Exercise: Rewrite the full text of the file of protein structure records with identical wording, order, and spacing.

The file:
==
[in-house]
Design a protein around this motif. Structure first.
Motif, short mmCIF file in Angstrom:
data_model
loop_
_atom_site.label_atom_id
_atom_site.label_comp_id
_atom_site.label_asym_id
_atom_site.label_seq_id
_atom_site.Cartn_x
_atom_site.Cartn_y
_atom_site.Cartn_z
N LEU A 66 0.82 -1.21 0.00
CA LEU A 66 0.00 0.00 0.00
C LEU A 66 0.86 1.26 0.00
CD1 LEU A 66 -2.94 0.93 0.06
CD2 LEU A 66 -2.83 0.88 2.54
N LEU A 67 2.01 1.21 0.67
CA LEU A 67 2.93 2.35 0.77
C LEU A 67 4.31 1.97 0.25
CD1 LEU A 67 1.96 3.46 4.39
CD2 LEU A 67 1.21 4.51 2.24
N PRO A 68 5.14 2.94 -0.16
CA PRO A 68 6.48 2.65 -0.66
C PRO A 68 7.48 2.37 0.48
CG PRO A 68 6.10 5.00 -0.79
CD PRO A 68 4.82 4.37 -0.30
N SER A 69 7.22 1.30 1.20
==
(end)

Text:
[in-house]
Design a protein around this motif. Structure first.
Motif, short mmCIF file in Angstrom:
data_model
loop_
_atom_site.label_atom_id
_atom_site.label_comp_id
_atom_site.label_asym_id
_atom_site.label_seq_id
_atom_site.Cartn_x
_atom_site.Cartn_y
_atom_site.Cartn_z
N LEU A 66 0.82 -1.21 0.00
CA LEU A 66 0.00 0.00 0.00
C LEU A 66 0.86 1.26 0.00
CD1 LEU A 66 -2.94 0.93 0.06
CD2 LEU A 66 -2.83 0.88 2.54
N LEU A 67 2.01 1.21 0.67
CA LEU A 67 2.93 2.35 0.77
C LEU A 67 4.31 1.97 0.25
CD1 LEU A 67 1.96 3.46 4.39
CD2 LEU A 67 1.21 4.51 2.24
N PRO A 68 5.14 2.94 -0.16
CA PRO A 68 6.48 2.65 -0.66
C PRO A 68 7.48 2.37 0.48
CG PRO A 68 6.10 5.00 -0.79
CD PRO A 68 4.82 4.37 -0.30
N SER A 69 7.22 1.30 1.20